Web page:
You come home at two in the morning after a show. Your significant other is asleep. You try not to make too much noise, but you're not that good at it.
- Hi honey! So, how did it go?
- Well, the sound wasn't as good as we hoped.
- What do you mean?
- The tech was crappy, and we had a hard time hearing each other all night. The vocals didn't come out, the guitar solos were muffled, it sounded like we were playing in a fishbowl, a bad show.
- That's too bad. Did you have fun anyway?
- Yes, it was nice to see everybody. Have a good night.
Well, well, you blame it on the tech, do you?
I worked for a few years in a small venue in Montreal. How many times have I heard musicians blame the technical crew for a disappointing performance? I can't count them. Yet, with the same equipment and the same technicians, I have seen bands deliver incredible performances with impeccable sound in the same venue. By the way, that venue was renowned for its sound quality.
Here is a two-part series on sound checking. In the first part, we will mainly talk about the human aspects and the good habits to have during a soundcheck. In the second part, we will discuss more technical issues. One central principle will guide these two articles: the sound tech is your best ally.
May the tech be with you.
The 7 soundcheck rules of politeness
1 – Load-in on time
Venues often give clear instructions to artists regarding arrival time. In general, the technical directors know their venues; they know how to evaluate the time needed to set up the equipment, plugin everything, do a line check and a good soundcheck. In addition, they may have a host of different reasons that dictate the arrival time. Don't try to change the rules as they apply to everyone.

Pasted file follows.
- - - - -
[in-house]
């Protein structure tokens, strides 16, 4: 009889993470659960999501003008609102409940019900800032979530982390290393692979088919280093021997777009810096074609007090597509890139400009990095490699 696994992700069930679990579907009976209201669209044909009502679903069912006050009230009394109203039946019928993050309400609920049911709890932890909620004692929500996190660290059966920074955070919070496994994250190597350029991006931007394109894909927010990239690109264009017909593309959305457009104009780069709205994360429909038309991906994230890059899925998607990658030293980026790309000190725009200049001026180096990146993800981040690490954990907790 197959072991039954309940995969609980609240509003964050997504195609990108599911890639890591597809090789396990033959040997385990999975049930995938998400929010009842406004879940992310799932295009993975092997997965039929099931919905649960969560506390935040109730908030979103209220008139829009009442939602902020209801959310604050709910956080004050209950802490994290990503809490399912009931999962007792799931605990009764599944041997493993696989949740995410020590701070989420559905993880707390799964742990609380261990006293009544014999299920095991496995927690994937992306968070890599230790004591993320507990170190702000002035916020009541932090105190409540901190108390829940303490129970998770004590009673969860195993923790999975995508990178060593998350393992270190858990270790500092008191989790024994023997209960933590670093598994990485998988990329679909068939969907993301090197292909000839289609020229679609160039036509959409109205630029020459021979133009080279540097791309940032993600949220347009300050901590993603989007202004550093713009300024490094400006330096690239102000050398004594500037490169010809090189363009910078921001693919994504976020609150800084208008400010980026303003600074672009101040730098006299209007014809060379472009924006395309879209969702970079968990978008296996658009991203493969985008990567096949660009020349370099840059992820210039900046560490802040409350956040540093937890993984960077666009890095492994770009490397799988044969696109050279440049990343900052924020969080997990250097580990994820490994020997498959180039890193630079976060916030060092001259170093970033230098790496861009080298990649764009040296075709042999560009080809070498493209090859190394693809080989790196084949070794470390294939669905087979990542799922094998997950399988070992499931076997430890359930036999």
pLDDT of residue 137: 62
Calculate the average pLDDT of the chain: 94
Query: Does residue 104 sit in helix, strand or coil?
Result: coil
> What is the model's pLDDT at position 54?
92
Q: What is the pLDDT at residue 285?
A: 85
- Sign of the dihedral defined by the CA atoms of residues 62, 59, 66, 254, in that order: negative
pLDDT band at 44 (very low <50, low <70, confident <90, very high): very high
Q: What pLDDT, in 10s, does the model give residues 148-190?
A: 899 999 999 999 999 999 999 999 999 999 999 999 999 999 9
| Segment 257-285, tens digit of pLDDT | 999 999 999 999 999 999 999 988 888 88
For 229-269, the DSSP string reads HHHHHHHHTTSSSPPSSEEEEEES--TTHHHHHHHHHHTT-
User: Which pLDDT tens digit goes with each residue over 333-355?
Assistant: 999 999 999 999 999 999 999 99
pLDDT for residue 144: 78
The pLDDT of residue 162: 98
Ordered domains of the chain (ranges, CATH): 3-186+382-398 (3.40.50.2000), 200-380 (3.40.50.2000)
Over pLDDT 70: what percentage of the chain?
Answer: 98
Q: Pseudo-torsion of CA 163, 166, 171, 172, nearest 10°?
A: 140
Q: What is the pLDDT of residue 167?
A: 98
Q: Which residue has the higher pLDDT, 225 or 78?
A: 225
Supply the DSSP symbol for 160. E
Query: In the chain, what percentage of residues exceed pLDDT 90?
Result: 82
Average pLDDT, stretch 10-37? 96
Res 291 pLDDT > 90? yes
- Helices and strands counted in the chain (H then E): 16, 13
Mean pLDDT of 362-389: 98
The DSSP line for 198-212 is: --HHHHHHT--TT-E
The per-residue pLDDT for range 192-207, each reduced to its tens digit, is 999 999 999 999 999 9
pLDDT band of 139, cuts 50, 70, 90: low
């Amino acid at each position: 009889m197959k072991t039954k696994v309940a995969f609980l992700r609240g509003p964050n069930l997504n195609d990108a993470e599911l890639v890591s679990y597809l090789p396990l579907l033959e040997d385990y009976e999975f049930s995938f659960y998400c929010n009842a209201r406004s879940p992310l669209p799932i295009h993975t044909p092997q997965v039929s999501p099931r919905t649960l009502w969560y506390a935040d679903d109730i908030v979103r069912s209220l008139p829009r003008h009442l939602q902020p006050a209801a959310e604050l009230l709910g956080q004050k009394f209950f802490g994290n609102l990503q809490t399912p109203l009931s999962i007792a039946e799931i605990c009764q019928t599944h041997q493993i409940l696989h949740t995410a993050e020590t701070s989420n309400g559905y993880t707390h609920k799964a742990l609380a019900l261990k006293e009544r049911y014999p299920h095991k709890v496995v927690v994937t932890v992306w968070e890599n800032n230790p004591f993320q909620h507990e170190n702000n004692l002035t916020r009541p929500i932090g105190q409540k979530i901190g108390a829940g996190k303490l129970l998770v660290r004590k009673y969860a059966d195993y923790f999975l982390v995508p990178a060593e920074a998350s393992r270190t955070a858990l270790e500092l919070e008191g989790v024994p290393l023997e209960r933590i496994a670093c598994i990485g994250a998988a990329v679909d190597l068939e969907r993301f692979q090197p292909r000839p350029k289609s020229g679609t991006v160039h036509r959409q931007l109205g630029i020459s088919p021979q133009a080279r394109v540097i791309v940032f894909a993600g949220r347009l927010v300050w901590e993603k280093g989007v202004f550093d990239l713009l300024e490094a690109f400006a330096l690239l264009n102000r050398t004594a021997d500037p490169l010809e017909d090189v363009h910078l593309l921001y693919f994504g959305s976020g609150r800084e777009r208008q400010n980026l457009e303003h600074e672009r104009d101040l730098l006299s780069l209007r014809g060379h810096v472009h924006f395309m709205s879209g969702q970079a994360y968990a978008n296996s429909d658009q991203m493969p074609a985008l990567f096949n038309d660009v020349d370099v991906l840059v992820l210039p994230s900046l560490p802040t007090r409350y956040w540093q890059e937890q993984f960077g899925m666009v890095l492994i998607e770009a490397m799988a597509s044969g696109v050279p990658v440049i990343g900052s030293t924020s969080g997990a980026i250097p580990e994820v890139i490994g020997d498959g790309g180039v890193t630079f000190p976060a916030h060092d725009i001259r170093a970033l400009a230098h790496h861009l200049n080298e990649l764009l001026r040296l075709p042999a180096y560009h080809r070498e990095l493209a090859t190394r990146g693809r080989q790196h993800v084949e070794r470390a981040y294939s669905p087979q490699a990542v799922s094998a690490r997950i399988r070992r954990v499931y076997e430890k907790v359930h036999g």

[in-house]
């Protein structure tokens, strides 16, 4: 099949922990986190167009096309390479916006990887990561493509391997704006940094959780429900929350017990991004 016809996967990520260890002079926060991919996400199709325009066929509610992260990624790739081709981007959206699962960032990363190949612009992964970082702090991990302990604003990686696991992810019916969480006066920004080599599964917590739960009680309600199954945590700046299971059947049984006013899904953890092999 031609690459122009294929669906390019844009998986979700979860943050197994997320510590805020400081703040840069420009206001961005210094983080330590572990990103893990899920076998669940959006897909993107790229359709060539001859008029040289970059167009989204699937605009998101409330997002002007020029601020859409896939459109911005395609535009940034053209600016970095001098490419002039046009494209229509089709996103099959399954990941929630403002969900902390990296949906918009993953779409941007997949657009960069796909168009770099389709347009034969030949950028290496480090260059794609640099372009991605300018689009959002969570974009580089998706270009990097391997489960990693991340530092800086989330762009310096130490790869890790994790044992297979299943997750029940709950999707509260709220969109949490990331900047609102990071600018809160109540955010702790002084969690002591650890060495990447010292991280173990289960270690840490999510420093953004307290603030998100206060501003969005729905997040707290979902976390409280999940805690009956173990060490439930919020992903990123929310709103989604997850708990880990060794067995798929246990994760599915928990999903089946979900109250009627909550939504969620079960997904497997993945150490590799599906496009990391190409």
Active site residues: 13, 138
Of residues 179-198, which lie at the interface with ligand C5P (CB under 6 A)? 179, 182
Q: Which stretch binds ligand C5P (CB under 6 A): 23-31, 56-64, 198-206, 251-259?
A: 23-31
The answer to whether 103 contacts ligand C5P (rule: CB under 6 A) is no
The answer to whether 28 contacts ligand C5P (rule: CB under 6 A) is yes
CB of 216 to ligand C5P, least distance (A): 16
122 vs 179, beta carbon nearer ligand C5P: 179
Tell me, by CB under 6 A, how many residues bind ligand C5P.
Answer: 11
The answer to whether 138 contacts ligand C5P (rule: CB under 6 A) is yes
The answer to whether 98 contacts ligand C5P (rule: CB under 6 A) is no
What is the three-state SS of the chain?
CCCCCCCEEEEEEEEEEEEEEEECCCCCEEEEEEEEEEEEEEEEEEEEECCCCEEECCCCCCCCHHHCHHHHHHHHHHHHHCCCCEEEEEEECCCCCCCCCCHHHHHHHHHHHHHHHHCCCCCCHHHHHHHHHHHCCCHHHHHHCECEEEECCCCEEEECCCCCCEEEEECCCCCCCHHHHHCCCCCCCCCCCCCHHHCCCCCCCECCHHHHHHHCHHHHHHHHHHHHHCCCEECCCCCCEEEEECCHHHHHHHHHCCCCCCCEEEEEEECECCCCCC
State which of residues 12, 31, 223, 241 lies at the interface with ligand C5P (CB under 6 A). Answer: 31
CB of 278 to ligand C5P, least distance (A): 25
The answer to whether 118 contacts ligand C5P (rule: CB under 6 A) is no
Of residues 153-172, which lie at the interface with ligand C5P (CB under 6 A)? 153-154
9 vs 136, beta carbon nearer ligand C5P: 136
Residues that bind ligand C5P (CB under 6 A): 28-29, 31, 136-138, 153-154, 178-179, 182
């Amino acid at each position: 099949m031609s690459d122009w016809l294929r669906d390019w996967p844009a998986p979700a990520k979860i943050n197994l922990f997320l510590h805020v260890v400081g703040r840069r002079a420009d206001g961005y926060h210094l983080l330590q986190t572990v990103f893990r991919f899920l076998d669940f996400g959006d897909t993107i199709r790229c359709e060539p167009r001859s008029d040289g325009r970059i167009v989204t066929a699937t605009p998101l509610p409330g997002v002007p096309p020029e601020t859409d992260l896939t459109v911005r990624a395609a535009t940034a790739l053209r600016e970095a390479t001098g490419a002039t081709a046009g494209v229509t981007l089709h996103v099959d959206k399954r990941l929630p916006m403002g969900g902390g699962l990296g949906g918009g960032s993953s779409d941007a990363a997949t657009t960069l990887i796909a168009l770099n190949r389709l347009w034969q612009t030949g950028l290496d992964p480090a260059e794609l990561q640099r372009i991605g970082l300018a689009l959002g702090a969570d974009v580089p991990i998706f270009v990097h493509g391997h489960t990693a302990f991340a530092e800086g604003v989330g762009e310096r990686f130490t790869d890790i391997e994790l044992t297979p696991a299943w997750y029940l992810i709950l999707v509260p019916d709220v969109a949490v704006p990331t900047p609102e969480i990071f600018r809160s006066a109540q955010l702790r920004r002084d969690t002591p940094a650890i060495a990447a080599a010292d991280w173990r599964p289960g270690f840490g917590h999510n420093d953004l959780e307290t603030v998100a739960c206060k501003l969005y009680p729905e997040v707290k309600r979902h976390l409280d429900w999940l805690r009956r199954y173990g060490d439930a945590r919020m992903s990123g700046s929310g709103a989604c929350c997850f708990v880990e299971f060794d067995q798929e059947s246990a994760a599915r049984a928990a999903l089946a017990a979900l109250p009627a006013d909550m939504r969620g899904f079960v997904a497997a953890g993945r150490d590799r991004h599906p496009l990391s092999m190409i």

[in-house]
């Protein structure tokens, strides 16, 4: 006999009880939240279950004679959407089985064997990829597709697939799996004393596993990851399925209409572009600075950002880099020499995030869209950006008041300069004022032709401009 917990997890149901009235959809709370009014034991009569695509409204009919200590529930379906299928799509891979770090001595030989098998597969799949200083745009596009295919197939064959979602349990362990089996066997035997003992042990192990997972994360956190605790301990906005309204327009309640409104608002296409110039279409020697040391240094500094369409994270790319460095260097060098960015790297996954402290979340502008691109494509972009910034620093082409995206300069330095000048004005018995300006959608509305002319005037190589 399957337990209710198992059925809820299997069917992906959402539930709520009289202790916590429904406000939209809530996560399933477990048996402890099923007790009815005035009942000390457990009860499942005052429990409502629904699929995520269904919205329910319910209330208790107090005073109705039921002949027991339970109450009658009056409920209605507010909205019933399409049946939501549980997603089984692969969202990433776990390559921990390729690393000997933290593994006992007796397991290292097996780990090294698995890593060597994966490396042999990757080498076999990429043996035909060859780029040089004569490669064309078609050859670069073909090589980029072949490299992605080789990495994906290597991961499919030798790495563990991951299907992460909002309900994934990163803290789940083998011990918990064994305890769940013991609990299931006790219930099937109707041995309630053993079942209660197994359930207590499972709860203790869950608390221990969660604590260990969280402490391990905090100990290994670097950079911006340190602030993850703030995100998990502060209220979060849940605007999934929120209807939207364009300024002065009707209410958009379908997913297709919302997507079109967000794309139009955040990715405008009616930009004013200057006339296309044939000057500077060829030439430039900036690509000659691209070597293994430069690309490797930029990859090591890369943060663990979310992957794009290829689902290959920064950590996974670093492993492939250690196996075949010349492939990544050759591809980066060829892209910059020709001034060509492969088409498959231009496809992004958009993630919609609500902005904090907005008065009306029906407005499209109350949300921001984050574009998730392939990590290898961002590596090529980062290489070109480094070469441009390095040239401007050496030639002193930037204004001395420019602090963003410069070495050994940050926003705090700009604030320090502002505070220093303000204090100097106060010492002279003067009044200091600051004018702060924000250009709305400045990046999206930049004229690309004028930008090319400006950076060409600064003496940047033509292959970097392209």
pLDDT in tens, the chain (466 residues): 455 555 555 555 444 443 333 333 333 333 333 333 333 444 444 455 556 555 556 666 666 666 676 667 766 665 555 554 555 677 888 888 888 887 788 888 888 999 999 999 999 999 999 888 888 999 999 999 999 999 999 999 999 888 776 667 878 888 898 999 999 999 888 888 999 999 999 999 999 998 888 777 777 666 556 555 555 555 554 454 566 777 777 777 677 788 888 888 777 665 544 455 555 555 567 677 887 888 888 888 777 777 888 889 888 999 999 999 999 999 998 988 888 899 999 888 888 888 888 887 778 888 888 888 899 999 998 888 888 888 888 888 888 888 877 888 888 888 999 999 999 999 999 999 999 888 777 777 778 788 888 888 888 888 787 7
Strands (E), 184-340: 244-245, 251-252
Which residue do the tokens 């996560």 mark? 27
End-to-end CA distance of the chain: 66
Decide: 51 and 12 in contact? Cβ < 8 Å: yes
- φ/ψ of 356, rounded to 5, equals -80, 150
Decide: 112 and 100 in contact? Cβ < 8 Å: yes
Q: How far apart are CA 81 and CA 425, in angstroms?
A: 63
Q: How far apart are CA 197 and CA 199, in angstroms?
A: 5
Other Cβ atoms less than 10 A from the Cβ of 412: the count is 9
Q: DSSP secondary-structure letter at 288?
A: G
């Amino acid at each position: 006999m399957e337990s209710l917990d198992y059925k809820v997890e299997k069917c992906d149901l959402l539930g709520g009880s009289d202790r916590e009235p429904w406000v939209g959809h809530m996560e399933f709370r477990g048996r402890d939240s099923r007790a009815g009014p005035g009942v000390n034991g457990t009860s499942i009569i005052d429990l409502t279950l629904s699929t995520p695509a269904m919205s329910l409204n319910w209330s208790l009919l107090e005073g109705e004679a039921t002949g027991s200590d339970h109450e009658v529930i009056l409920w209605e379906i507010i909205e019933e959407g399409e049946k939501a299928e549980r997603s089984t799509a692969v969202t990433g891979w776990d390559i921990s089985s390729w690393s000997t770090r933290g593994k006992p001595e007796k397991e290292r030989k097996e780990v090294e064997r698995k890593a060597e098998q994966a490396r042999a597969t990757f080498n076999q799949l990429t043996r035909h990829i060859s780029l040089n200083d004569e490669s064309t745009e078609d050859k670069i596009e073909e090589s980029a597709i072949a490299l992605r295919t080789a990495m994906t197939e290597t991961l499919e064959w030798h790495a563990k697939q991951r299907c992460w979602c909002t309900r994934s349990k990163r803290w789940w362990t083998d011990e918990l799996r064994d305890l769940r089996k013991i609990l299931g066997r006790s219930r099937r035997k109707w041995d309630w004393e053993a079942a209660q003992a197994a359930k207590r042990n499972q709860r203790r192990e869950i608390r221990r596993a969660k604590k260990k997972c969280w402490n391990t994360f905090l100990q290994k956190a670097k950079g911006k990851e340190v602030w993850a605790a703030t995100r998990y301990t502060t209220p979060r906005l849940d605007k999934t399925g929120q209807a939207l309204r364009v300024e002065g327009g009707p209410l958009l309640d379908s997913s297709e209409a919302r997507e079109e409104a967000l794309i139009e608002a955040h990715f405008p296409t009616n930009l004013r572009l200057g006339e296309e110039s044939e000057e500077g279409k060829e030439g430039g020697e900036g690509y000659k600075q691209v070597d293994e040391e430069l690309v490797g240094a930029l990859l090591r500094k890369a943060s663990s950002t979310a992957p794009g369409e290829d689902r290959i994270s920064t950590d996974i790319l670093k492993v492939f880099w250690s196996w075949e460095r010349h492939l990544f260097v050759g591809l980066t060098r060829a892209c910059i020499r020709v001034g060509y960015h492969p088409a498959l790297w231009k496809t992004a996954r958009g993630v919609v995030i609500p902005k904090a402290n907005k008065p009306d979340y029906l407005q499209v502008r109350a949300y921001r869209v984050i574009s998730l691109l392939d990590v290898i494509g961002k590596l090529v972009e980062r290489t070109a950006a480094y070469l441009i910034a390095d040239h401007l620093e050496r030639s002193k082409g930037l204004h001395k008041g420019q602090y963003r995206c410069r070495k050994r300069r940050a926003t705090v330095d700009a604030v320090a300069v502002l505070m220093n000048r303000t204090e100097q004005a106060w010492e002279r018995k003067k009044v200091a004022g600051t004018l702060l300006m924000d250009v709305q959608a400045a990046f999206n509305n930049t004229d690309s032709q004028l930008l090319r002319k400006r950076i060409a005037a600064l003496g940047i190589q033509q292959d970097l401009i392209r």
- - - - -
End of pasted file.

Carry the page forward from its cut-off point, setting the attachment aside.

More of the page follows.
Arriving on time (or a little earlier) is the least of your courtesies and will make everyone's job easier. The musicians will have the opportunity to get to know the staff, they will be able to express their needs and preferences, and the atmosphere will be more relaxed. This rule is even more critical when several artists share the stage on the same night.
Also, be sure EVERYONE shows up on time. You can't do a good sound check without having everyone on stage. Yes, the singer will have to wait for the drummer to set up the drum kit. That's life. Showing up all on time improves the team spirit.
2 - Have all your equipment
Most of us need a lot of things to put on a show. Instruments, amps, wires, pedals, computers, shakers, tambourines, adapters, mic stands, music stands, iPads, instrument stands, etc. Do you have spare strings? The more stuff you must bring, the more likely you are to forget some. Sometimes it's not a big deal and doesn't stop you from playing the show, but sometimes it can be more crucial. Yes, I'm talking about your flash drive.
Make a list of everything you need. Make a habit of checking it a few days before a show (or tour). Always store your equipment in the same way. Check your list before you leave home (and as you pack up after the show). Develop a slight obsessive-compulsive disorder about carrying your gear.
3 - Check your gear in advance